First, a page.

How does the public view the wars in the Middle East and Ukraine?
MICHEL MARTIN, HOST:
At the start of this election year, Americans are taking stock of former President Donald Trump's indictments, the war in Ukraine and the meanings of Zionism and antisemitism. A study analyzed the findings of several polls conducted by the University of Maryland together with the polling firm Ipsos. Lead author Shibley Telhami told me first how Trump's indictment over his handling of classified materials may have affected public perceptions of the former president.
SHIBLEY TELHAMI: Twenty-seven percent of all respondents said their views became less favorable, compared to only 7% who said their views became more favorable.
MARTIN: Is partisanship the main driver of people's perceptions of Donald Trump?
TELHAMI: Yeah, I think there's no question that you have a partisan divide. Even if you look at this particular poll, the particular indicator about more or less favorable views of him, it's - typically you would expect far more Republicans to say more favorable rather than less favorable. The fact that you have almost even number is really quite remarkable.
MARTIN: What's remarkable about it?
TELHAMI: Because normally when - given how partisan American politics are, you'd expect that far more people would say more favorable than less favorable, even on something like this. And the shift in independents - 29% less favorable to 5% more favorable - is huge. So, yes, it's partly partisan. There's something else going on here that is hurting him. How much it's hurting him? We don't know.
MARTIN: What did you find about how the Americans you surveyed thought about the way the former president has been treated by the justice system?
TELHAMI: That is an issue where more partisanship shows up, right? So you have two-thirds of Republicans say he's been treated worse than most people charged with similar alleged crimes, and while 59% of Democrats say he's been treated better than most people charged with similar alleged crimes.
MARTIN: I want to turn now to another series of questions that you asked about Zionism and antisemitism. One of the findings that stood out to me was that most Americans were unfamiliar with the concept of Zionism, which I'm going to say is the nationalist movement that we trace to the 19th century advocating for a Jewish homeland. What do you make of that?
TELHAMI: The most interesting result is how many Americans, 62%, said they're either unfamiliar or they don't know enough to present their opinion on this issue.
MARTIN: And what about antisemitism? You did ask some questions about that.
TELHAMI: The big surprise to me in the answers about antisemitism is that even when you talk about it in expression as attitudes against Jews or attitudes against the Jewish religion, you still have almost a third, 31%, who don't know whether attitudes against Jews constitute antisemitism. And 36% say they don't know if attitudes against Judaism is antisemitism.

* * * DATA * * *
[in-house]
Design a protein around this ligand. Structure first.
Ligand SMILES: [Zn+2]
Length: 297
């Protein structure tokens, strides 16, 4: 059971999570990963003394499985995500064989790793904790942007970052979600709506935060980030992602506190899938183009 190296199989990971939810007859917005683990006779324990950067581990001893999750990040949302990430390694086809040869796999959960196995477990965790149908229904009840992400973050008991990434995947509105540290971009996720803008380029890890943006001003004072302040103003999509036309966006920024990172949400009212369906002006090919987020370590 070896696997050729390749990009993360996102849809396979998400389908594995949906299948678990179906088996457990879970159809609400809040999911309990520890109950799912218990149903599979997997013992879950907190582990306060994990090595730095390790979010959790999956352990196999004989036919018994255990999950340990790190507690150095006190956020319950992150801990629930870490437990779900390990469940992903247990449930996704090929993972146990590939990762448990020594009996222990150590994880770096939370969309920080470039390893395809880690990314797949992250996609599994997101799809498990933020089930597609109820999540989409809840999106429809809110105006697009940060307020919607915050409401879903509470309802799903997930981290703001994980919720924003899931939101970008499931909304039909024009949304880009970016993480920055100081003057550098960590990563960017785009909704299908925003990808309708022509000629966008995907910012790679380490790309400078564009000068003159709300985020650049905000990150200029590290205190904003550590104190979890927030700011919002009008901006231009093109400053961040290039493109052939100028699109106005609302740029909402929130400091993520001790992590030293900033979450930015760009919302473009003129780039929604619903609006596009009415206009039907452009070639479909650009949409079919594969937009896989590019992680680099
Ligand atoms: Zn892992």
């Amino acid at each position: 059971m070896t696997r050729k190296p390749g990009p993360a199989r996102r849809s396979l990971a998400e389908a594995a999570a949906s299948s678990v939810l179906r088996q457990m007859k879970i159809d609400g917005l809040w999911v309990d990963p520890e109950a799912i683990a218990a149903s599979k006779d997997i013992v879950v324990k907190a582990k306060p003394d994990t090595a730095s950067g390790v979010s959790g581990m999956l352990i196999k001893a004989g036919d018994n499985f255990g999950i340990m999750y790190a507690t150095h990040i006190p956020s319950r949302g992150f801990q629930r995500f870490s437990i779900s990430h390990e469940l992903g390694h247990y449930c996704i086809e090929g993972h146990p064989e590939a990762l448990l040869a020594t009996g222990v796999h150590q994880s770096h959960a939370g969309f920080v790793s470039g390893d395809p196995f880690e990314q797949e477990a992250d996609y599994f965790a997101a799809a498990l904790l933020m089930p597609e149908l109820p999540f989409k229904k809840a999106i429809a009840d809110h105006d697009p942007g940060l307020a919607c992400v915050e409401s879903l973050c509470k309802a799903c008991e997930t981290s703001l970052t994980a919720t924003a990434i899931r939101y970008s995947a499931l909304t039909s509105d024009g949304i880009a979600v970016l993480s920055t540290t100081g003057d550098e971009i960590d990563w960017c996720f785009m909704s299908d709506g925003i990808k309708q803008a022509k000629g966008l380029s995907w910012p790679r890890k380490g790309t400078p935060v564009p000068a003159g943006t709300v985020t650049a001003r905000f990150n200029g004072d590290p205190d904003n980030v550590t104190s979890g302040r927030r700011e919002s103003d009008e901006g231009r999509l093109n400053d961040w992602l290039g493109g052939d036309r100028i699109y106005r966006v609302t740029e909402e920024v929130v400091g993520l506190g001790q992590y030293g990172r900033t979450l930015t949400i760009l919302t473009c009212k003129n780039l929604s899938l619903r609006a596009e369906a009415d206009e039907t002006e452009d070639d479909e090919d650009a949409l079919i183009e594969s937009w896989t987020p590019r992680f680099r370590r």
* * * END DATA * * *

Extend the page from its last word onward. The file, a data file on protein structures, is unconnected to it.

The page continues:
Over the years, I've been also measuring attitudes toward Muslims, and we find that Americans express more prejudice toward Islam as a religion than toward Muslims as people. It seems harder for people, given sort of the American ethos, to express prejudice against other people but easier to express prejudice against ideas or religions. So that, too, we found here. Not as much variation on this issue, by the way, across partisan divide.
MARTIN: Do you think that these attitudes are informing sort of public support for U.S. policies toward the Israeli war in Gaza?
TELHAMI: Democrats have become far more critical of Israel. And after the Hamas attack on October 7, there was a spike of sympathy the first couple of weeks with Israel. We found that much of that was lost a month later, especially among young Democrats, who became far more critical of Israel than before.
MARTIN: So before we let you go, Ukraine, obviously the other kind of big foreign policy issue for the United States. What I found most striking was the steady drop in support. To what do you attribute that?
TELHAMI: Initially, after Russia invaded Ukraine, we found a really strong spike of support across the board for Ukraine and for American support for Ukraine. In May of 2022, we found a drop, and then the polls were steady in the support for Ukraine between May and October of 2022. And then suddenly after October 2022, we found a beginning of a drop. We measured that last spring, spring of 2023, and in June of 2023. And I think we see the same thing in the more recent poll that we've conducted in September-October of 2023.
So the way I have looked at this is it's partly a function of partisanship, because how it's playing out in our own politics, it became a partisan issue. And so therefore Republicans are going to be less supportive and increasingly more so as we get closer to the election. But early on, more American tended to think Russia is doing badly and Ukraine is doing well. And then it dragged on, they became less supportive. And then there was more reporting about, really, Ukraine is not making any advances in the war. It's harder than they thought. The war is going on. So you get a little bit of a drop. So I think that idea - the partisanship of an election year, as well of an assessment of who's winning and who's losing - those two tend to tell the biggest story about the shift in public opinion on Ukraine.
MARTIN: That is Shibley Telhami. He's a professor at the University of Maryland. Professor Telhami, thank you so much for joining us.
TELHAMI: My pleasure. Thank you for hosting me.
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